Warning that plan to broaden hate crime could kill free speech
A prominent Conservative MSP has warned the Scottish Government that proposed hate crime legislation must not endanger free speech or lead to new offences of ‘stirring up hatred’.
The Hate Crime and Public Order (Scotland) Bill aims to modernise, consolidate and extend existing hate crime law across the country, and comes following a Scottish Government consultation on the issue.
However, the majority of those who responded to the consultation were not supportive of hate crime laws in the first place, arguing that they ob- struct free speech and create a hierarchy of victims.
Murdo Fraser, MSP for Mid-Scotland and Fife, has agreed with those findings, saying that the new Bill may be particularly problematic as it could lead to new offences of ‘stirring up hatred’.
Writing in The Scotsman, Mr Fraser points out that these measures currently apply only to racial hatred. However, he warns that the plan is to extend this to apply to all groups defined by reference to age, disability, religion, sexual orientation, transgender identity and variations in sex characteristics.
Acknowledging that such a move could raise all sorts of issues, Mr Fraser writes: ‘For example, could a Christian pastor or an Islamic scholar expressing disapproval of same-sex relationships be found guilty [under this proposed legislation] of stirring up hatred towards the LGBT community?’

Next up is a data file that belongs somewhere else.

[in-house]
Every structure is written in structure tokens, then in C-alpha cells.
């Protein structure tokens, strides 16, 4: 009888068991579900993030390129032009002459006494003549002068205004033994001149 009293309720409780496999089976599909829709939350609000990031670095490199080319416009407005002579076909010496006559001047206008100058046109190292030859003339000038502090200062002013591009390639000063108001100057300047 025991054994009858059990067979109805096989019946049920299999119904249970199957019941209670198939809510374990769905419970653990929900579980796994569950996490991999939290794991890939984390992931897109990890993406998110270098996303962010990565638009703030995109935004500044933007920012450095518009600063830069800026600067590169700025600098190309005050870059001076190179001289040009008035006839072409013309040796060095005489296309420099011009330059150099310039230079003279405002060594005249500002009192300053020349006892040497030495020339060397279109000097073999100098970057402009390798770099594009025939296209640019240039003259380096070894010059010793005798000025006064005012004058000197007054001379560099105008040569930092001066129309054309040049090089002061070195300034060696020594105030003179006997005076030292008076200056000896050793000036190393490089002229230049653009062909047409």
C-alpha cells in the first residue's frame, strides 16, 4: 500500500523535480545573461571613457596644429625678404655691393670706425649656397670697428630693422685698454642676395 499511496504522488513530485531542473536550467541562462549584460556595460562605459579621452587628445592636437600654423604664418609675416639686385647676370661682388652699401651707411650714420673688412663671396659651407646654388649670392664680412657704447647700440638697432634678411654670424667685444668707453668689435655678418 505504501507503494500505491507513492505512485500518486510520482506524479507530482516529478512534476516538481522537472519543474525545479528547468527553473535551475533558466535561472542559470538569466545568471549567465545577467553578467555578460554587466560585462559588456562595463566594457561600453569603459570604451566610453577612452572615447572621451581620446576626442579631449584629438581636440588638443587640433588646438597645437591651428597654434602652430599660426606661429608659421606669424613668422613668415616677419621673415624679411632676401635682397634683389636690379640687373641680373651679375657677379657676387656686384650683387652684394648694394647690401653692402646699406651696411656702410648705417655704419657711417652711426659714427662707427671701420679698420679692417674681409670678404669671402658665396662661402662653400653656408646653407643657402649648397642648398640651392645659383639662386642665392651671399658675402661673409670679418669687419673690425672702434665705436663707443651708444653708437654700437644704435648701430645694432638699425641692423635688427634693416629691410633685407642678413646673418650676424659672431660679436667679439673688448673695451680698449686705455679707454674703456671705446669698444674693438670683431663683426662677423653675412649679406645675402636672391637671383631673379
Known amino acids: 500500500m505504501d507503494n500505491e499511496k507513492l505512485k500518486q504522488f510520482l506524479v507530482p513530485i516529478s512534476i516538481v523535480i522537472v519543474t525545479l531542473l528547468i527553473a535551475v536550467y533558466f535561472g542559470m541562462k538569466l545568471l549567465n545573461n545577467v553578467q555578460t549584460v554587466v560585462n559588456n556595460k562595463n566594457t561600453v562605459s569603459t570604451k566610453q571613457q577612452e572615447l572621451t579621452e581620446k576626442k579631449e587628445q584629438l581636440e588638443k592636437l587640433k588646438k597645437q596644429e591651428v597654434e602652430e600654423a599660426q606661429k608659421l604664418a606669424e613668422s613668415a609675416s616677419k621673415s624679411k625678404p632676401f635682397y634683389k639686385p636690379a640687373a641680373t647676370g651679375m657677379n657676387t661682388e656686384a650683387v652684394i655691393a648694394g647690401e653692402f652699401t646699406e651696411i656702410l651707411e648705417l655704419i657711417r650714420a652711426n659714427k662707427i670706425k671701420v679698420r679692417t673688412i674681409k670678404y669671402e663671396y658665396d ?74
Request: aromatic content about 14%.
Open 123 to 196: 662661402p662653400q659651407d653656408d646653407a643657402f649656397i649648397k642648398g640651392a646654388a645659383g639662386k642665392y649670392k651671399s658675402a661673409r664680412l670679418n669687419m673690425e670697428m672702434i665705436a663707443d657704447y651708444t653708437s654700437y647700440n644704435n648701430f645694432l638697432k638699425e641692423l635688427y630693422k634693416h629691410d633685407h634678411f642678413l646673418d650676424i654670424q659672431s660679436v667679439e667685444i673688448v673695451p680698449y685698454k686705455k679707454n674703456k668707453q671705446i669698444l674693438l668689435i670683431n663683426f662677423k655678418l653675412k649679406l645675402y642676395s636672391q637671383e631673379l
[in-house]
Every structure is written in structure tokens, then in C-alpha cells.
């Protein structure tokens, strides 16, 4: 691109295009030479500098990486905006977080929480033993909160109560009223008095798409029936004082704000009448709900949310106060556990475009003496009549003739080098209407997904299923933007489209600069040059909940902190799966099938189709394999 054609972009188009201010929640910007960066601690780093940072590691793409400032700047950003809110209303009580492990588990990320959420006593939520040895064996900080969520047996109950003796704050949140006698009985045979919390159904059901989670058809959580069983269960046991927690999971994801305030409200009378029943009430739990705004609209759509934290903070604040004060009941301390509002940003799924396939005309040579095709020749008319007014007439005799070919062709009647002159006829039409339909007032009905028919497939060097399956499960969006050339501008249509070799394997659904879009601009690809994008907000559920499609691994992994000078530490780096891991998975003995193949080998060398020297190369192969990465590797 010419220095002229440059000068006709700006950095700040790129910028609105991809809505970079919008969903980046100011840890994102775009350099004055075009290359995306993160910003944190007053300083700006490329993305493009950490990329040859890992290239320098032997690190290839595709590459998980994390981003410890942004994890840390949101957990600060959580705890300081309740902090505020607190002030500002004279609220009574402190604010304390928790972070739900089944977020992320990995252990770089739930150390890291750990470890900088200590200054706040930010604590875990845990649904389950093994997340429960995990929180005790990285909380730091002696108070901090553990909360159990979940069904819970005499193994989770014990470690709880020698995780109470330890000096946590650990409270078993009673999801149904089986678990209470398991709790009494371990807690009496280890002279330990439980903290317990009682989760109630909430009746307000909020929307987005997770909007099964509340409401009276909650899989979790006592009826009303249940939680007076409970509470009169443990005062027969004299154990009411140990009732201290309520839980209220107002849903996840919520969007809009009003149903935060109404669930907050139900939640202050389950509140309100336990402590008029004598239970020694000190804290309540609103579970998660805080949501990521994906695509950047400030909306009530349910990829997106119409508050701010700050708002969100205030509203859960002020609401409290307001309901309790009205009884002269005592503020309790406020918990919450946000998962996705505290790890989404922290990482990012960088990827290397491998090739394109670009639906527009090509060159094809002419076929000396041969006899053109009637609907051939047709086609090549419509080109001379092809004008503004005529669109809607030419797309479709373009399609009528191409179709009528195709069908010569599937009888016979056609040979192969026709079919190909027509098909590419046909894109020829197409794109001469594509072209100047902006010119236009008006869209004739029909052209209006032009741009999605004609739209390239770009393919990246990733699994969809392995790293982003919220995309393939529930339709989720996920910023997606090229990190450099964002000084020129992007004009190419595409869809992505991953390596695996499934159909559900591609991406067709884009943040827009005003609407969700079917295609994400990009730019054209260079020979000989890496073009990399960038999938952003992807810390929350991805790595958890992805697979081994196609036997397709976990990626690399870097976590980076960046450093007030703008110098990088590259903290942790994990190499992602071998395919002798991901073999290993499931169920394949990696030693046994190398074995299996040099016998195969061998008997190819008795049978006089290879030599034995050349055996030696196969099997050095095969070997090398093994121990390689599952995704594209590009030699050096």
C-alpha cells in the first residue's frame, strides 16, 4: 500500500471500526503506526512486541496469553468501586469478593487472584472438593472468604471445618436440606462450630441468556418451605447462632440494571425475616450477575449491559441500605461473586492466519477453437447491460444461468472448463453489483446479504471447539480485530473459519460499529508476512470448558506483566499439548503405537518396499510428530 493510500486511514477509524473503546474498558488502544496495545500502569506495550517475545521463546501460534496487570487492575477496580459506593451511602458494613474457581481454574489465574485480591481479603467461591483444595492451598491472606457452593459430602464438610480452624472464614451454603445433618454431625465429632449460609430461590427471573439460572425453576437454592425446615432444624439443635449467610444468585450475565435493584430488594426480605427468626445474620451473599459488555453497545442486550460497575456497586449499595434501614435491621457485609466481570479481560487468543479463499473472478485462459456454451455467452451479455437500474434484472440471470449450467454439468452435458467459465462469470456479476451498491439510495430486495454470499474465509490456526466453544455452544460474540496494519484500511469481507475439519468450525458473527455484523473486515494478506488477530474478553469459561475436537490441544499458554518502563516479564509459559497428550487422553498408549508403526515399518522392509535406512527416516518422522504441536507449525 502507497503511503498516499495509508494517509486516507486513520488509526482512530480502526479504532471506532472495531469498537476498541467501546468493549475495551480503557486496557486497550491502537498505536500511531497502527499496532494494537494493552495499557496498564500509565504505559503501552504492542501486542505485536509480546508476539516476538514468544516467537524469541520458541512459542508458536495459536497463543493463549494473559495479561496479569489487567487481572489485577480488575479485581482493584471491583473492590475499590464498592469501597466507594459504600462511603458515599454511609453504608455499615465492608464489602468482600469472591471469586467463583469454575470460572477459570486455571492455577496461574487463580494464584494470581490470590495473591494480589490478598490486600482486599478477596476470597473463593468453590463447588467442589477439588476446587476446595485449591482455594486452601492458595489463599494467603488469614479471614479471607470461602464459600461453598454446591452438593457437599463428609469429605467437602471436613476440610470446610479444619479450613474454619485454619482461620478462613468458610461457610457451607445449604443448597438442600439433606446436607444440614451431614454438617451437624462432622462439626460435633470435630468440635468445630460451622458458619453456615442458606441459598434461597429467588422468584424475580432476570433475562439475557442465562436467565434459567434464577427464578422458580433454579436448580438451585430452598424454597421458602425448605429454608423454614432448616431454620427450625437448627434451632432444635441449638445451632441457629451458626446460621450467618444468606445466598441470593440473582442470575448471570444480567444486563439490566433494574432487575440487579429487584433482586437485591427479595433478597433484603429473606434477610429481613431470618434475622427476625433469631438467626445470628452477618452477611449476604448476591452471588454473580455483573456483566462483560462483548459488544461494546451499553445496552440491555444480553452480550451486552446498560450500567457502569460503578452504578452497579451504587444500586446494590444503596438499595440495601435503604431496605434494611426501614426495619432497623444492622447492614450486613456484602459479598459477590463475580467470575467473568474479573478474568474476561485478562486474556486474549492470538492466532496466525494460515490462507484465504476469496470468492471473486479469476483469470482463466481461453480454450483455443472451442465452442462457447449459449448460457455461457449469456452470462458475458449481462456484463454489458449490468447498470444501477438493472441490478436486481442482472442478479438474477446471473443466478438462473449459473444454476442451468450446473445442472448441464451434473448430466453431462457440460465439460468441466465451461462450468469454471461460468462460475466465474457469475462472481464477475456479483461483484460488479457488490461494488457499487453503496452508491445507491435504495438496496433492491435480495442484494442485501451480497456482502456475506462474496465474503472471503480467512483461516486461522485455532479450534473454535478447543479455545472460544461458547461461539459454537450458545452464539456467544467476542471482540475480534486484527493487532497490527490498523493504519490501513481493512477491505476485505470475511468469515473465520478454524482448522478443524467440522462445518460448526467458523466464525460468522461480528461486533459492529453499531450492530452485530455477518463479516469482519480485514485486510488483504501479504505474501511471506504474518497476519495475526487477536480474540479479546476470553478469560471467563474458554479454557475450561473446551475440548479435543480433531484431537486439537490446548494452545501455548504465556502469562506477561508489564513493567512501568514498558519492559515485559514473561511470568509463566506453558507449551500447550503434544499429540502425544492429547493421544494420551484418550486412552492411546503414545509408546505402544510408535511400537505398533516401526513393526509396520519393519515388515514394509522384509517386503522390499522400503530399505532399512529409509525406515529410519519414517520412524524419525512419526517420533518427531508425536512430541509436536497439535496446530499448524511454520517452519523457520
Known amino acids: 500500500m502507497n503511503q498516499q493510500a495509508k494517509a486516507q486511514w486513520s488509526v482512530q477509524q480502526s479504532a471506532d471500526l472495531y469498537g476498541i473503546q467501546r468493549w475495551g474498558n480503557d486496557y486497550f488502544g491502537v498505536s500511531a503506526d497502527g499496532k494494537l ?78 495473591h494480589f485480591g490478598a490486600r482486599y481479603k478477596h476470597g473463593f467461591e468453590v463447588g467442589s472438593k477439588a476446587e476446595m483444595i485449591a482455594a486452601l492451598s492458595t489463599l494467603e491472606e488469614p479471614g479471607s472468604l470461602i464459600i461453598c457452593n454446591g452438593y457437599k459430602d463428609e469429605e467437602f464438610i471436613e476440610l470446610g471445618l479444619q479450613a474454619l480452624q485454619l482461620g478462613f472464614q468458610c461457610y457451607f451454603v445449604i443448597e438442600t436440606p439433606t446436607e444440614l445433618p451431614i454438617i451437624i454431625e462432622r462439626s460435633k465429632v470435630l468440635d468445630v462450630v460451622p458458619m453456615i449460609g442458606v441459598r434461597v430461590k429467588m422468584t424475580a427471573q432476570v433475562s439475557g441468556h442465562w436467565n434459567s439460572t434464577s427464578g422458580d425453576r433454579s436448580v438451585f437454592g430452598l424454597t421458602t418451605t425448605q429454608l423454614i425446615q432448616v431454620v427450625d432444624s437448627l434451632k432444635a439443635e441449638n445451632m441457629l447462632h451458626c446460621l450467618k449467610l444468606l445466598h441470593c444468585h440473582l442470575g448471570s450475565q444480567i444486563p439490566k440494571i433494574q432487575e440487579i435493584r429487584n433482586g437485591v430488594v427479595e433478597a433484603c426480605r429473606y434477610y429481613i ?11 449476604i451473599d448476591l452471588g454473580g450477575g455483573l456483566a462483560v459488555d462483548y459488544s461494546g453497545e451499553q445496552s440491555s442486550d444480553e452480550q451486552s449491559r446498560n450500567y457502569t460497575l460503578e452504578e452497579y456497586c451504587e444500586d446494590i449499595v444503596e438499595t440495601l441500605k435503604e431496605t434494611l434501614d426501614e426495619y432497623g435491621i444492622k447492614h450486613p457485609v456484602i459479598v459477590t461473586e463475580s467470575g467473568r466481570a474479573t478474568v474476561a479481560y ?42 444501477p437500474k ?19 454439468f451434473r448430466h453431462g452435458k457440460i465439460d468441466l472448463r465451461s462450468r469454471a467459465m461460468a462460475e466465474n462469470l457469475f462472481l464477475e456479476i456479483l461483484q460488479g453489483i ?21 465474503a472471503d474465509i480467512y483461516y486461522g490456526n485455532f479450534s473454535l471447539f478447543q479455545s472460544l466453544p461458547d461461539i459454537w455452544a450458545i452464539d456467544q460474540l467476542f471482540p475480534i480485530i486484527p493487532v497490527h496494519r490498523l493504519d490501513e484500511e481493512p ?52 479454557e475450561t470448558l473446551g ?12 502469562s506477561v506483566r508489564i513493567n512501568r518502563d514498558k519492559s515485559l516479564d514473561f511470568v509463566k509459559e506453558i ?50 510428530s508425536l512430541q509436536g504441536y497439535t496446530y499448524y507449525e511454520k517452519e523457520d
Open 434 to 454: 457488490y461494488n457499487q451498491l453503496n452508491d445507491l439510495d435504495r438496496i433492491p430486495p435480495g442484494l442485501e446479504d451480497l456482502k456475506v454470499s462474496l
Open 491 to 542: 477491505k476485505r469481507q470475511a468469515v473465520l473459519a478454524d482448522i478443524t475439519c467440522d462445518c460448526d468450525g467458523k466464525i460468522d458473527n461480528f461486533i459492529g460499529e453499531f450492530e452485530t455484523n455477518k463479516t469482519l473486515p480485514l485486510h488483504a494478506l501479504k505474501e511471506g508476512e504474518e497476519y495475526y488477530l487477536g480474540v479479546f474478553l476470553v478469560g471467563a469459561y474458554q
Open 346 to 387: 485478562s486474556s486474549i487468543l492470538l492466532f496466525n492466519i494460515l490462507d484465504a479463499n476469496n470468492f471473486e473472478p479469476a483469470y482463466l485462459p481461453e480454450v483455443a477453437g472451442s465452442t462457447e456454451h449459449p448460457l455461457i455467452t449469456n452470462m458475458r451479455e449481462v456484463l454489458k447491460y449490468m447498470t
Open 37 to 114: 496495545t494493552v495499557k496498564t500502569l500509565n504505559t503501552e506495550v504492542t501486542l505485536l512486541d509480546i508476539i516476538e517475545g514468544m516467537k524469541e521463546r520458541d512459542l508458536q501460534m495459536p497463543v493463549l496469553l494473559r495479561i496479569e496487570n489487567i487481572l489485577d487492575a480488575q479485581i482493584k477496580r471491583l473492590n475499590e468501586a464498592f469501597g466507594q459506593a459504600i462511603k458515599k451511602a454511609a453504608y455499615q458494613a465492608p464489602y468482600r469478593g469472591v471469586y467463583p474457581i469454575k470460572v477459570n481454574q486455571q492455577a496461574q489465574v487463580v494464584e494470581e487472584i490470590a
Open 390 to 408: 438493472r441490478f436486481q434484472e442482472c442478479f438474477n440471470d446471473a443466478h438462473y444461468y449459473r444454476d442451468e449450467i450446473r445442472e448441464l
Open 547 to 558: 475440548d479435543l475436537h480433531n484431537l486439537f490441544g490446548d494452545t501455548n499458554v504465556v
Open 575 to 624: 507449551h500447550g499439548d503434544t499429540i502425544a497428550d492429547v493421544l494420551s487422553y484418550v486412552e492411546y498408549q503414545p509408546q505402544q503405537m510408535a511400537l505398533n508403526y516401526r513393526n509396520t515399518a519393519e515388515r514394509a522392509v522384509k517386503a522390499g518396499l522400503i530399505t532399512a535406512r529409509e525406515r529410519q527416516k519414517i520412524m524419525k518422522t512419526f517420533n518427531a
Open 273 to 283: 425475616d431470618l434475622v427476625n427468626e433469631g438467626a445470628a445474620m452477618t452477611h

His comments come only months after high-profile Christian evangelist Franklin Graham had his booking for an event in Glasgow cancelled following concerns from the council and protests over his views on sexuality.
While Mr Fraser acknowledges and welcomes the fact that the Bill does include provisions to protect free speech in certain circumstances, including discussions or criticisms of religions, and of sexual conduct or practices, he insists that politicians will need to ‘carefully consider’ whether they go far enough, and that such provisions will be open to interpretation by the police.
‘It is precisely because, in a free society, we need to protect people’s right to hold unpopular opinions and express them, and to say the wrong things, that legislation on hate crime needs to be fair and balanced,’ he writes.
‘The current national crisis should not prevent us from having the opportunity to scrutinise these proposals thoroughly.’
Picture: Conservative MSP Murdo Fraser. (Andrew Milligan/PA).